An Allen County jury took less than three hours to find a man guilty of killing his wife even though he claimed she lunged at him and hurled a knife.
David Carwile, 56, is facing up to 65 years in prison for the March shooting death with the possibility of an additional 20 years for using a gun to commit the crime. Sentencing is set for Dec. 17.
Carwile took the stand Thursday in his defense.
When Deputy Prosecutor James Posey asked why he told police he hoped his wife was dead and called her names, Carwile didn't deny his statements made just after the shooting.
“I was upset,” he told the jurors. “I don't know why I said that,” he said in another explanation.
Posey said the most galling words came during a police interview.
“The one thing I regret is I didn't even get my first cup of coffee,” Carwile told police.
Carwile, an antiques dealer who dealt in knives among other things, killed his wife, Joyce Carwile, 59, about 9 a.m. March 19. He testified he was sitting on the couch in his living room next to the gun he kept in a remote control bag on the arm of the sofa.
Carwile said his wife hurled a knife at him, a knife that somersaulted through the air and landed blade up in the middle of the couch. He didn't offer a possible motive for her alleged actions.
Fort Wayne police crime scene technician Al Garriott said he'd never seen this feat in his career covering more than 500 homicide scenes. No fingerprints were found on the knife or gun, Garriott testified.
Carwile, claiming self-defense, said he drew his gun with a shaking hand due to his multiple sclerosis and shot her in the chest.
Forensic physician Scott Wagner said the bullet entered Joyce Carwile's body at a downward angle, the same angle a second bullet entered Joyce's back. Her husband said he fired that shot “accidentally” in the kitchen after he rushed after her, afraid his wife was going to get another knife.
Posey called the “accidental shooting” explanation a “wild tale,” primarily because David Carwile had to recock the gun in order to shoot it again.
Suffering from two gunshot wounds, the 4-foot-8 victim left the home and sought aid from neighbors. Carwile said he told her to get into the car so he could take her to the hospital, but she apparently didn't trust him. Both shots were fired from 6 inches to 3 feet from her body, court testimony said.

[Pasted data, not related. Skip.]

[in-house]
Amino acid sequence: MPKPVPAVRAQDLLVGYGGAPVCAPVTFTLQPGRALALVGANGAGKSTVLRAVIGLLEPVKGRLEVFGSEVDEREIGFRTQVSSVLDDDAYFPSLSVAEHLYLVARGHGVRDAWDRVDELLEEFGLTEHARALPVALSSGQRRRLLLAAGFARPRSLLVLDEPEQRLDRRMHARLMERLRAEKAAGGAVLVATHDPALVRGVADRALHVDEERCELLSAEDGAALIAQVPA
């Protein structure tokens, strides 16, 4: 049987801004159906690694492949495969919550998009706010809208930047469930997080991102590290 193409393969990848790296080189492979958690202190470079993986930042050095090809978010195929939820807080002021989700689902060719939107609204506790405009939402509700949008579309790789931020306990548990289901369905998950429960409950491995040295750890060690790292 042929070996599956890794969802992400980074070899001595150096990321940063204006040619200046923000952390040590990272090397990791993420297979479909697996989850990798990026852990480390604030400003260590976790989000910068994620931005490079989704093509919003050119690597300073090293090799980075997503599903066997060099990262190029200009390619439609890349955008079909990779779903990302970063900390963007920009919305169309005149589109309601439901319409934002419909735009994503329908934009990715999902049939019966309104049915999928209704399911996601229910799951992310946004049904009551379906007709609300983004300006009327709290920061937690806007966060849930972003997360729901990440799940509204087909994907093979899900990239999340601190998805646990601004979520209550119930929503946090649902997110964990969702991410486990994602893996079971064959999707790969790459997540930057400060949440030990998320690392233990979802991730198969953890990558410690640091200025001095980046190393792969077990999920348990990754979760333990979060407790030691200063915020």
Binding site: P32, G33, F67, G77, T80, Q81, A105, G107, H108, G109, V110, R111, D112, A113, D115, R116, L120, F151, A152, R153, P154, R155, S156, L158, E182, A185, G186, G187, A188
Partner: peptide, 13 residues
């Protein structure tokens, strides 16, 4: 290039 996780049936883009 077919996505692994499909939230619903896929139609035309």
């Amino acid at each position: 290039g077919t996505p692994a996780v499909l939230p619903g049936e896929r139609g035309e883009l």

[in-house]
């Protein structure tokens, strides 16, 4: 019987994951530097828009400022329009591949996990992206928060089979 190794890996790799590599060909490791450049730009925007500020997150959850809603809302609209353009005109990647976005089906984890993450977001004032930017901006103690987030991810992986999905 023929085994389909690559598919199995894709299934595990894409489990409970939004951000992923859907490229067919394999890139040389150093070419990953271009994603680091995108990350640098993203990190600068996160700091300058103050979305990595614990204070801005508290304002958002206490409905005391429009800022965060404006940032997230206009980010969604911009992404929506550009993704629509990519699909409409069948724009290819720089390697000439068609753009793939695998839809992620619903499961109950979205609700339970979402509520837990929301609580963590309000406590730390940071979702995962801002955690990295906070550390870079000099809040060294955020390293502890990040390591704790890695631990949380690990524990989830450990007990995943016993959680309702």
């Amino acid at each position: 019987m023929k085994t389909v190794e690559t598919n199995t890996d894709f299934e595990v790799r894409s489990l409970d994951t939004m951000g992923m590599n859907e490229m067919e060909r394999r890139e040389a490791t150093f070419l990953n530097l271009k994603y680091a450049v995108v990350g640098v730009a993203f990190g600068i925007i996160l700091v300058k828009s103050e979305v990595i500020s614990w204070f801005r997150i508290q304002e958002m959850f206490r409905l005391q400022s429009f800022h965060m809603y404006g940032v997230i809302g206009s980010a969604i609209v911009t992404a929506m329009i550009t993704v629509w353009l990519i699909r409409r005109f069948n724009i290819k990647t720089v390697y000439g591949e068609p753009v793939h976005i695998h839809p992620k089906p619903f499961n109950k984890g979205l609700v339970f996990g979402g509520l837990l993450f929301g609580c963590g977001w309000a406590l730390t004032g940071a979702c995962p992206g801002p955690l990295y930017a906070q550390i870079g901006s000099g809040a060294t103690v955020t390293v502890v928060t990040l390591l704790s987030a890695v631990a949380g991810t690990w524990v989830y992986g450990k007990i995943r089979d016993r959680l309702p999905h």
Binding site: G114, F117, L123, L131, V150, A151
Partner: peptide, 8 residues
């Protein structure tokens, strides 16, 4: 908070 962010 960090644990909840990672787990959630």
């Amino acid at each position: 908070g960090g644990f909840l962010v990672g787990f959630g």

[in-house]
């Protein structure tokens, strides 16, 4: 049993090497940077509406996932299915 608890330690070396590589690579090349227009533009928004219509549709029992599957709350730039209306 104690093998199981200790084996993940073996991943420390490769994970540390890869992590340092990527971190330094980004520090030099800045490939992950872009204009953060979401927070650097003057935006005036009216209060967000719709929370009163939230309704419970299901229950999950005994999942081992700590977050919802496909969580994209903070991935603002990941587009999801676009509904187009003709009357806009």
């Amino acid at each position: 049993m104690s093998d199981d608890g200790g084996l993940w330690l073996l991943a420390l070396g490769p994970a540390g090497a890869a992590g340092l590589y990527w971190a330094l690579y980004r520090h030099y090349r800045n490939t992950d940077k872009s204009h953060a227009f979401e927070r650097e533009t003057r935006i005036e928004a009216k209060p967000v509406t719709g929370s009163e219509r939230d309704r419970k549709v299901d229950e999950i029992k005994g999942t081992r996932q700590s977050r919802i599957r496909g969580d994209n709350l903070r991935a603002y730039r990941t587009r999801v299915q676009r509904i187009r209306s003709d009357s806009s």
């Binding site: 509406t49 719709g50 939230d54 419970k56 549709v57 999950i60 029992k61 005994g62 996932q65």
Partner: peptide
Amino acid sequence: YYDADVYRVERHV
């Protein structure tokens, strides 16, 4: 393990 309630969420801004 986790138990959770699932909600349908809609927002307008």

While their disabled daughter was alone in her bedroom, Carwile sat down and wrote a note about the 20-year-old's medical conditions and ushered his daughter into a Chevrolet Equinox.
He didn't call 9-1-1. A neighbor did. Carwile drove past police attending his wife and another squad car pulling up to the home in the 4400 block of Alverado Drive.
“Why didn't you stop?” Posey asked him.
“I wanted to get my daughter out. She didn't need to see that,” Carwile replied.
Less than an hour later, a Fort Wayne officer pulled Carwile over. He complied, according to court documents and testimony, handing over the note describing the constant care his special needs daughter required, including the phone number for two physicians.
His hate-filled words toward his wife, who was taken to a hospital where she died, were captured by the squad car's recording system.
“Good, I hope she dies,” he said. “Take me downtown and lock me up.”
The words were similar to those used the night before when Joyce Carwile called 9-1-1, worried about the whereabouts of Carwile's gun.
She reported that the two of them had been arguing and she was upset he'd sent a text message to his sister calling the victim “a good for nothing evil bitch.” During that call, Carwile said he wished his wife were dead.
It's not dissimilar to the story Tiffany Carwile, Carwile's 30-year-old daughter by his first wife, told The Journal Gazette in a phone interview.
Tiffany Carwile lives in Ohio, where she grew up. She said Joyce and David Carwile divorced and remarried. Joyce helped her husband sell antiques and worked at a local Salvation Army store, Tiffany Carwile said.
“I'm, sadly, not shocked. He had people fooled,” Tiffany Carwile said.
She broke off communication with her father when she was a freshman in high school, citing constant verbal, mental and physical abuse. She said he hit his children with a cane, wooden two-by-fours and belts. Tiffany Carwile also claimed he threw them into walls.
She found his claims of self-defense “sickening.”
Her stepsister, known as Patty, currently lives in a home, but Tiffany Carwile hopes to get into a position where she can accept her non-verbal sister into her house.
Ryan Gardner, who represented David Carwile, said several times that his client shot his wife only after being attacked by her.
It was the prosecutor's burden of proof to show that Carwile didn't react in self-defense.
Carwile appeared in court in a wheelchair but wasn't using one the day of the shooting, nor did he use it all the time, according to testimony.
“Can you run?” one juror wanted to know. “No,” was the response.
Posey left the jury with Carwile's own words. After Carwile said he hoped his wife would die, he added that he would “put her down, like she was a dog,” Posey said.
“He lied, twisted the facts, sought sympathy and didn't call 9-1-1,” Posey said. “I don't care how mad you are at your wife, you're not allowed to kill her.”